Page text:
Good news – your Morkie can have Pepto-Bismol

A small amount of Pepto-Bismol can be safe for dogs and can really help clear up dog diarrhea, and dog vomiting and diarrhea.

Check with your Veterinarian first, and for recommended dose, or try 1/2 teaspoon mixed with 2 teaspoons water; give half the batch and wait 4 hours to administer the second half.

If your Morkie has an upset stomach (vomiting and/or diarrhea), try the following:

Step 1: Remove all food and water for 4 to 5 hours.

Step 2: If vomiting contains blood or is frequent, contact the Veterinarian immediately. If not, go to Step 3.

Step 3: After 6 to 8 hours of no vomiting, introduce water gradually at 1 to 2 ounces at a time. If no vomiting occurs, offer a bland diet of boiled skinless chicken and rice (50:50 mixture). If your dog can keep this down, transition back to his regular diet over 3 days, by adding more and more of his regular diet to the bland one.

Always check with your Veterinarian before giving your pet any medications or treatments.

The ingredients in Pepto-Bismol have been used to treat upset stomach — and cholera — since the late 1700s according to historians.


  • The greatest worry with ongoing diarrhea is dehydration.  Don’t let your small dog get dehydrated – it can literally be deadly.
  • It’s really hard giving medications to small dogs … but for liquids, you can use a syringe (without the needle of course) and ease the liquid between your pup’s gums and teeth.  Or try a small eyedropper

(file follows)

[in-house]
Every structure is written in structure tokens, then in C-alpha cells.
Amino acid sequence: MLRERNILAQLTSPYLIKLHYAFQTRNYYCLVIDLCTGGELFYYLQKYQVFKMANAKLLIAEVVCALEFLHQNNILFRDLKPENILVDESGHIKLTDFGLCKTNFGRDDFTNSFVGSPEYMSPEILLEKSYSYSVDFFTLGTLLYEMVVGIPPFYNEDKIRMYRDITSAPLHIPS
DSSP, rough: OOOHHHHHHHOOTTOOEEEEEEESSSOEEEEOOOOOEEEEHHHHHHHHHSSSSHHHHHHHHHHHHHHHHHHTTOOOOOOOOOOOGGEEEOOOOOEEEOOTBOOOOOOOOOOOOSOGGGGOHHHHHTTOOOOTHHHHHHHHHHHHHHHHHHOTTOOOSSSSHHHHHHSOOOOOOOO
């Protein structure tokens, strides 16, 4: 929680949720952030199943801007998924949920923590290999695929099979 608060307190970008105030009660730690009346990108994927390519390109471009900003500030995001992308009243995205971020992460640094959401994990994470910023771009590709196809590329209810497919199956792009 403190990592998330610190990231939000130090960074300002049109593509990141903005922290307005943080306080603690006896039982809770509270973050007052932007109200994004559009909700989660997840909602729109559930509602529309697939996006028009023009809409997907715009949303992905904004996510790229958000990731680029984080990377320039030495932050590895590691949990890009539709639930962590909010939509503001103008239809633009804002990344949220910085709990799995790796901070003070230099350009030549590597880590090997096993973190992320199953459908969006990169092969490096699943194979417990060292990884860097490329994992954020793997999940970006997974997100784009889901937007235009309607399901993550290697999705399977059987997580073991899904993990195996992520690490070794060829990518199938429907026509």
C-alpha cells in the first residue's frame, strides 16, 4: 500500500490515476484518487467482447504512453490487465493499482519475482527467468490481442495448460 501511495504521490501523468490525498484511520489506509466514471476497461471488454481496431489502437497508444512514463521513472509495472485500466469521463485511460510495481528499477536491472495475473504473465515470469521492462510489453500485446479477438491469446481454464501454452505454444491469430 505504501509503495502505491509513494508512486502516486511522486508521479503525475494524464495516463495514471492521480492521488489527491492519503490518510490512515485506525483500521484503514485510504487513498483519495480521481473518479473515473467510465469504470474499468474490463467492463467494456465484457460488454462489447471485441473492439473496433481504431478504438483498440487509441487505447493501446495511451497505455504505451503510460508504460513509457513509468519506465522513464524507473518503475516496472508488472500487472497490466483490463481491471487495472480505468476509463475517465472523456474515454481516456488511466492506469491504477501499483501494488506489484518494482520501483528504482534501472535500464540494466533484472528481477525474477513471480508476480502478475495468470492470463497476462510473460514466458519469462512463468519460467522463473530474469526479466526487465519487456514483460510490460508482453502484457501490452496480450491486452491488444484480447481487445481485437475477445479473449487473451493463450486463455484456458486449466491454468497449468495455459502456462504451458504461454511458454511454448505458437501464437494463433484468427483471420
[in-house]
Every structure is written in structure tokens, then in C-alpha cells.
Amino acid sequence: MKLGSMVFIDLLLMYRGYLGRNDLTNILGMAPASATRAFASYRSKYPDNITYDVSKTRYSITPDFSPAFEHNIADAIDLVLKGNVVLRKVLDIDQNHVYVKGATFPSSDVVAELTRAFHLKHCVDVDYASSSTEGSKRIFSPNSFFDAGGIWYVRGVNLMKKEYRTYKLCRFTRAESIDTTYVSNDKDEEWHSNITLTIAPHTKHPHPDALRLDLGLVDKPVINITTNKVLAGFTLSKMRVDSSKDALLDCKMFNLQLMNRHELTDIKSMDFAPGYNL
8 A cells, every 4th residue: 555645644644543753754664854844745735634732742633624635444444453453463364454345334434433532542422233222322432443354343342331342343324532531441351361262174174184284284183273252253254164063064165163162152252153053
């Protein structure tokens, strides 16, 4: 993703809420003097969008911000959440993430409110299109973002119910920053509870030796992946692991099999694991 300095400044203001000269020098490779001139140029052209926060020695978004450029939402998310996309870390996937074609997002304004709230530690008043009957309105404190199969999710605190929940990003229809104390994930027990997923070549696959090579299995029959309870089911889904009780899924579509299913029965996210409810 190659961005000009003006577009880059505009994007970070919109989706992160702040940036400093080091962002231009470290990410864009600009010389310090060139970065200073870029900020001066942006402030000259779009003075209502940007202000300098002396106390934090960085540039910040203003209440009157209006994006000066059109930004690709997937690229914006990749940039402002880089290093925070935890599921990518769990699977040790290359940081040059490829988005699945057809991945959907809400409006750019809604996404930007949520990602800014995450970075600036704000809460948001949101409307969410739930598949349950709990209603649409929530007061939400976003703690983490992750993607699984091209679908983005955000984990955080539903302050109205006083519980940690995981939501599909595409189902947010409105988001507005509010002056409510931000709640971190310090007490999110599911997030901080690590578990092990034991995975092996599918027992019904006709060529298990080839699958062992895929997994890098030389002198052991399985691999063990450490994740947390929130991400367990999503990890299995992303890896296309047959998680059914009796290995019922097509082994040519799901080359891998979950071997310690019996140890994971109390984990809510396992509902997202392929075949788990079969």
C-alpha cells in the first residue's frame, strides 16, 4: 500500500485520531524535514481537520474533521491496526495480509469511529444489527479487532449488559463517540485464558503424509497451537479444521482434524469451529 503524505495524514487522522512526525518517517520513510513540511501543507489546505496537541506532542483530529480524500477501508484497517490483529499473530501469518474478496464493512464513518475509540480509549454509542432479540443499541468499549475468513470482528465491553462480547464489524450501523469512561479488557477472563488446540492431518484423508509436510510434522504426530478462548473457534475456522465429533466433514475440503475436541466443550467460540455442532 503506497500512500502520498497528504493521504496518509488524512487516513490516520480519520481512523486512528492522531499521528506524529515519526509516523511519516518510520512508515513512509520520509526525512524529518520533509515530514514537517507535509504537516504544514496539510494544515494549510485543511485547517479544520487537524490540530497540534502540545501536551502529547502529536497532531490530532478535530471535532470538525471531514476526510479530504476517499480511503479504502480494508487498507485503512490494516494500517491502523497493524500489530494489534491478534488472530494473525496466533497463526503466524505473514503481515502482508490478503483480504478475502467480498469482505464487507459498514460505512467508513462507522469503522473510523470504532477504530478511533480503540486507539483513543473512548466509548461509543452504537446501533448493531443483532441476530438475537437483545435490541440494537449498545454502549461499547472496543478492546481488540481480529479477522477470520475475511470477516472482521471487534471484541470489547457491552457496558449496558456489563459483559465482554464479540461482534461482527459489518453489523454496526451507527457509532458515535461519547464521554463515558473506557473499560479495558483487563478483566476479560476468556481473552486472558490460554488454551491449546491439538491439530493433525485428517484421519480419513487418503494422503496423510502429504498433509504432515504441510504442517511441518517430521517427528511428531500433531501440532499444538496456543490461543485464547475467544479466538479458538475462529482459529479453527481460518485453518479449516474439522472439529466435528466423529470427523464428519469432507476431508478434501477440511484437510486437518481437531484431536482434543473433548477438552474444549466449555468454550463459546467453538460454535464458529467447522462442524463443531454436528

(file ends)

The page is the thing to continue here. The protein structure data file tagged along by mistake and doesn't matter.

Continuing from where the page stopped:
• Puppies under 10 weeks with diarrhea need to see a Vet right away. They can easily die at that age, and should never fast!

Pepto-Bismol is a registered trademark of Procter & Gamble

A [very] brief history of Pepto-Bismol

In the early 1900s, the product was first sold by a physician in new York. It was sold as a remedy for infant diarrhea under the name “Bismosal: Mixture Cholera Infantum

By 1919, it was renamed Pepto-Bismol. During the 1920s, Pepto-Bismol was sold at drugstore soda fountains. A print ad showed large bottles with stoppers, from which druggists dispensed single doses.

Giant Procter & Gamble bought the brand in 1982, and market it worldwide. Its active ingredient, bismuth subsalicylate, is used to treat heartburn, indigestion, nausea, gas, belching and fullness.

Why is it so… PINK?

“Somebody who helped develop it suggested the color because he thought kids would like it,” says Procter & Gamble spokesman Jim Schwartz after conferring with P&G;’s historian. “Its bright cheery color was meant to reduce fear.”

What makes Pepto pink?

Artificial colors: Red 22 and Red 28.

Has it always been pink?

For all its 88 years.